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5 Ways In Which I'm Making This Diwali A Festival Of Significance

11/11/2015 12:00 AM IST | Updated 15/07/2016 8:25 AM IST
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three beautiful diwali diyas, selective focus, bokeh in the background, perfect for diwali greeting

"Asato Ma Sad Gamaya, Tamaso Ma Jyotir Gamaya, Mrityor Ma Amritam Gamaya."

(Lead us from ignorance to truth, Lead us from darkness to light, Lead us from death to immortality.)

Early last Saturday, it dawned on me that Diwali is just around the corner. There was this rush of the incredible happiness which festivals tend to bring out in me. So much so that my Bengali cook also got infected with the happy virus. He, who is dismissive of all festivals, except the pujos and who is known to "fall sick" during Diwali. You know, ''thaanda legey gechhe" due to "season change" and out comes the "maankey cap/maafler".

Despite my being all gung-ho, a vague feeling of disquiet has been cropping up persistently. Perhaps, it is a tad overambitious, or even delusional, on my part to drag Milan Kundera into this. But in his latest novel, The Festival Of Insignificance, Kundera suggests that art, sexuality and love have all lost their power in the 21st century. The novel asserts that the insignificant is actually significant. At the conclusion of the novel, one of the four main characters, Ramon, gives a monologue in which he states, "Insignificance, my friend, is the essence of existence." Much like the Diwali of today, where we seem to celebrate the insignificant and lose ourselves in the trivial and the frivolous. I seemed to look deep down into Kundera's soul and grasp the reality of "festivity" that lies at the heart of insignificance and despair. It is a call to restore that unbearable lightness of our beings.

"[A]s I go about this Diwali, I'm trying to make it significant, make it count, make it regain its power and beauty."

So as I go about this Diwali, I'm trying to make it significant, make it count, make it regain its power and beauty. To resurrect nostalgia. Here are some things I'm doing to this end.

1. Bye-bye Chinese lights, hello diyas

I have ditched the laris of Chinese lights his time. My neighbour was a little condescending but scratched his head when I asked him how could one say "Happy Diwali" in Chinese? The joy of getting earthen lamps ready for the big night has been unbeatable. There was what Gulzar sahib calls "sondhi si hassi" on my face as I washed the diyas and inhaled the fragrance of wet earth.

2. No patakas... no, really, none!

The absolutely no pataka policy also includes my hitherto hypocritical love for anars, phool jhadis, snake tablets... you know , all those firecrackers which do not make a sound and resultantly we can afford to be sanctimonious about them. Maybe this will be the proverbial drop in the vast ocean of child labour in Sivakasi ? But hey, I am happy. And so, maybe I will look like a pataka in my new purple and silver salwar kameez? Happiness is essential in upping the pataka quotient.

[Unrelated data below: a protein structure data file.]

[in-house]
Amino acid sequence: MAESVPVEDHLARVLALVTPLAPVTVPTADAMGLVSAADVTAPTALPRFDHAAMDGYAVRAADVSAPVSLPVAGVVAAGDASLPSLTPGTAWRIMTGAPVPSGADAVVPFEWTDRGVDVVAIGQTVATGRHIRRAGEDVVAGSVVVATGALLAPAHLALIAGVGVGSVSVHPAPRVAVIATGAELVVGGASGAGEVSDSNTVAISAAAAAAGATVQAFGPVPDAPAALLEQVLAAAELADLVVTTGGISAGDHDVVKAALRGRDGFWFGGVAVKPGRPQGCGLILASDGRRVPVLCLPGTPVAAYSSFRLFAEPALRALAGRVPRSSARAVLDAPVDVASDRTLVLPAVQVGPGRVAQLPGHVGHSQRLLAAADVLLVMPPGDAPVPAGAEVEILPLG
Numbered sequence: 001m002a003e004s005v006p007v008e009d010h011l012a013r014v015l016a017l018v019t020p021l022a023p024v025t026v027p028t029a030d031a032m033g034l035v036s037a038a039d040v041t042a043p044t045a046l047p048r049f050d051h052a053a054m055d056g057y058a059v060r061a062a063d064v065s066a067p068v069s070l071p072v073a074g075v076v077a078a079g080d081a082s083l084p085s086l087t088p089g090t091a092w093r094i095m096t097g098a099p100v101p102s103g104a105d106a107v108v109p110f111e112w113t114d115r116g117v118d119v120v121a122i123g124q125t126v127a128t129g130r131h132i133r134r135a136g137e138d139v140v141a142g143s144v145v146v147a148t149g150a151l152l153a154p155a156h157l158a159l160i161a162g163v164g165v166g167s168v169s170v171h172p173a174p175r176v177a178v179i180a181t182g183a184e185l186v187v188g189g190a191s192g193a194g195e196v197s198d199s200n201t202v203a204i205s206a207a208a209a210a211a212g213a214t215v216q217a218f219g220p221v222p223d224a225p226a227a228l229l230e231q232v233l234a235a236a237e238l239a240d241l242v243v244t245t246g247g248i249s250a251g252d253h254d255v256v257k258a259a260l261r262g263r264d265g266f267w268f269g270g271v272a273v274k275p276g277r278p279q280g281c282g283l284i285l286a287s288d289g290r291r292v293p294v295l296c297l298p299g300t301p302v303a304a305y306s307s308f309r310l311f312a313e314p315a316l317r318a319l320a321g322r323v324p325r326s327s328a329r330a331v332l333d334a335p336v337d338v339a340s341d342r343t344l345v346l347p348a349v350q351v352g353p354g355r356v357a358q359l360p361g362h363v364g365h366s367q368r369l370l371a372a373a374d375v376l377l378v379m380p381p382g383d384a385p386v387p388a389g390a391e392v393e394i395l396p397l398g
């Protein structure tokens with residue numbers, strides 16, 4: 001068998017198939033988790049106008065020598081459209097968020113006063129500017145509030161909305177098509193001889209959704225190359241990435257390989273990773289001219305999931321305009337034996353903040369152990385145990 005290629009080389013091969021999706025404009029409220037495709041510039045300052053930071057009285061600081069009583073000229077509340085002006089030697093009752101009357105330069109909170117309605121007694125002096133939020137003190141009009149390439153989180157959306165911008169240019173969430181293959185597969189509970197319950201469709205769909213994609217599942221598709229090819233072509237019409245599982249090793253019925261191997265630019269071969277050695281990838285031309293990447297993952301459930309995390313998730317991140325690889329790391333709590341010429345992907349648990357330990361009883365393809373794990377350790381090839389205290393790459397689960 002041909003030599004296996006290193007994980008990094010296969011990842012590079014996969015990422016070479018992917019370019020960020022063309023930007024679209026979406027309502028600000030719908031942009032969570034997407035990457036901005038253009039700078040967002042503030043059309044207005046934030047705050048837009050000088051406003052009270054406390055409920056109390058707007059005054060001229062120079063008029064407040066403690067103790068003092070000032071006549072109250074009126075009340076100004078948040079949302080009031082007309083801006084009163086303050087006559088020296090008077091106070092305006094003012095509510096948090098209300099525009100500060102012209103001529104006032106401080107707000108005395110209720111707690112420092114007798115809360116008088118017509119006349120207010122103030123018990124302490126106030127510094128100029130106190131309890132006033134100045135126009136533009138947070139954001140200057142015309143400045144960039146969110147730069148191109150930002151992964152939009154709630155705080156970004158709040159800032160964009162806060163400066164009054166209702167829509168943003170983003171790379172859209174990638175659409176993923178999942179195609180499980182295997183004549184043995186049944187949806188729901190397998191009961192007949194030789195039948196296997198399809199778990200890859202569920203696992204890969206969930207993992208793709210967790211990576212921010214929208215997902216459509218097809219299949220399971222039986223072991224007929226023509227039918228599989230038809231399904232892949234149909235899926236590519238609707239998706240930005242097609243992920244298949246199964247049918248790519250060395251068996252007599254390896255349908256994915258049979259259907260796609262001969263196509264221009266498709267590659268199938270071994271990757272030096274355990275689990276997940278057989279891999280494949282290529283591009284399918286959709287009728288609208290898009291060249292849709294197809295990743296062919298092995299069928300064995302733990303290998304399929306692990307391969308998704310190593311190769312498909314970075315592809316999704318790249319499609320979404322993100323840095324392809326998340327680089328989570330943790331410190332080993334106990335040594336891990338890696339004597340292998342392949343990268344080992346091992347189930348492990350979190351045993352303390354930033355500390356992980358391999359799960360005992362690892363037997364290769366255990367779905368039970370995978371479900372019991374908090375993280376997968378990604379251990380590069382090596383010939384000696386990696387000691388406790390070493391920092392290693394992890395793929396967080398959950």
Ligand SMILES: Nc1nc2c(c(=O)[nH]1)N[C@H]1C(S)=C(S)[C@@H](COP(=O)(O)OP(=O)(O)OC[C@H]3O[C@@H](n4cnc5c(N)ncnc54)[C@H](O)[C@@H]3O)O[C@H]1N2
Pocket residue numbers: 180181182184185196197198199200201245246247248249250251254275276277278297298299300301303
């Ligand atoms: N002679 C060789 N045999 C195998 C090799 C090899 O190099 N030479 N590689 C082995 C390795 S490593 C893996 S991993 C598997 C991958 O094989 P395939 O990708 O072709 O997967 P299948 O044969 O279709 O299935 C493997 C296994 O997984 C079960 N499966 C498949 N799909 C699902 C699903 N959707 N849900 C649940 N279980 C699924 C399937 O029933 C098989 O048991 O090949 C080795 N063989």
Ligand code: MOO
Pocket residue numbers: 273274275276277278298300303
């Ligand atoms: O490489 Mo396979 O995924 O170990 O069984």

3. Doing what my mother taught me

Goddess Lakshmi's feet will be etched out on the floor from a paste of rice flour. We call it "jhuti" in Odisha. I am out of practice now in this traditional art form. It is quite probable that the poor Goddess will have feet the size of Bata 8! But my Ma is smiling. She had taught me, many years back, the art and design of "jhuti". That smile of my Ma is incandescent. It lights up my world.

4. Gifts from the heart

Did I tell you that I actually thought about each person that I have bought a gift for? I did not send my rather crafty Man Friday with brusque instructions to procure 30 boxes of dry fruits, some chocolate hampers, "reasonably" priced clothes for the household staff etc. It took me three days to put together an assortment of bonsais in cute ceramic planters, fountain pens, book ends, silk scarves, handmade chocolates, vinyl records, Asterix comics, shell cutlery. Yes, my maid has a hair dryer and curler and a complete make-up set from Lakmé along with her sari. I wish all of you would have been able to hear her delighted, coquettish giggle!

5. Prayers with a difference

Tolerance vs. Intolerance debates, discussions, actions, attitude are the flavour of the season. Yet, nothing is resolved. When I pray to the Goddess, "tamaso ma jyotir gaymaya", I will essentially ask for that light which makes us realize the truth of Thích Nhất Hạnh 's words: ''There is no path to peace. The path is peace."

Say what, Diwali will also be fun and really significant, if my neighbour's palm tree looks this. You see the man laughed uproariously when Shaggy and Kalu (the stray dogs I take care of) yelped in fear when a sutli bomb went off yesterday!

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Photo from the internet for illustration only

Happy Diwali!

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